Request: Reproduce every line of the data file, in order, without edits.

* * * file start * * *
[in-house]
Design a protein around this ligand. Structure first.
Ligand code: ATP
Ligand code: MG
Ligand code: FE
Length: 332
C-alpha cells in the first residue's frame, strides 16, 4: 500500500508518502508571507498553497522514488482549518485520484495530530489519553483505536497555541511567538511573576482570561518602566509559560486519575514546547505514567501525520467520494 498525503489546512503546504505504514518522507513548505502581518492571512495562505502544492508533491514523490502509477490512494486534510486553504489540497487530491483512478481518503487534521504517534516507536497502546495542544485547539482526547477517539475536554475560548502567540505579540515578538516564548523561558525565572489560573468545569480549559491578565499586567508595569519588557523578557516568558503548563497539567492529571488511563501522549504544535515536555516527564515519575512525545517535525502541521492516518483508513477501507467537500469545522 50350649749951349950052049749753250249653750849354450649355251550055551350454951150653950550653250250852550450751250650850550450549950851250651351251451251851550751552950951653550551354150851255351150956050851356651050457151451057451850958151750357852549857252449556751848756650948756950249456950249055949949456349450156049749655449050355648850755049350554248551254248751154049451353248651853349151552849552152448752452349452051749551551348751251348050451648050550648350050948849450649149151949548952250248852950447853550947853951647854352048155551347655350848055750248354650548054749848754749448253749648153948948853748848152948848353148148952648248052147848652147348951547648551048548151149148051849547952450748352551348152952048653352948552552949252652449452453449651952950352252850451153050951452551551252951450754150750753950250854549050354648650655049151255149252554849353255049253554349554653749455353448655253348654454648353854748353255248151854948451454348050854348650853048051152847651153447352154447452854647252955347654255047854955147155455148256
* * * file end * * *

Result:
[in-house]
Design a protein around this ligand. Structure first.
Ligand code: ATP
Ligand code: MG
Ligand code: FE
Length: 332
C-alpha cells in the first residue's frame, strides 16, 4: 500500500508518502508571507498553497522514488482549518485520484495530530489519553483505536497555541511567538511573576482570561518602566509559560486519575514546547505514567501525520467520494 498525503489546512503546504505504514518522507513548505502581518492571512495562505502544492508533491514523490502509477490512494486534510486553504489540497487530491483512478481518503487534521504517534516507536497502546495542544485547539482526547477517539475536554475560548502567540505579540515578538516564548523561558525565572489560573468545569480549559491578565499586567508595569519588557523578557516568558503548563497539567492529571488511563501522549504544535515536555516527564515519575512525545517535525502541521492516518483508513477501507467537500469545522 50350649749951349950052049749753250249653750849354450649355251550055551350454951150653950550653250250852550450751250650850550450549950851250651351251451251851550751552950951653550551354150851255351150956050851356651050457151451057451850958151750357852549857252449556751848756650948756950249456950249055949949456349450156049749655449050355648850755049350554248551254248751154049451353248651853349151552849552152448752452349452051749551551348751251348050451648050550648350050948849450649149151949548952250248852950447853550947853951647854352048155551347655350848055750248354650548054749848754749448253749648153948948853748848152948848353148148952648248052147848652147348951547648551048548151149148051849547952450748352551348152952048653352948552552949252652449452453449651952950352252850451153050951452551551252951450754150750753950250854549050354648650655049151255149252554849353255049253554349554653749455353448655253348654454648353854748353255248151854948451454348050854348650853048051152847651153447352154447452854647252955347654255047854955147155455148256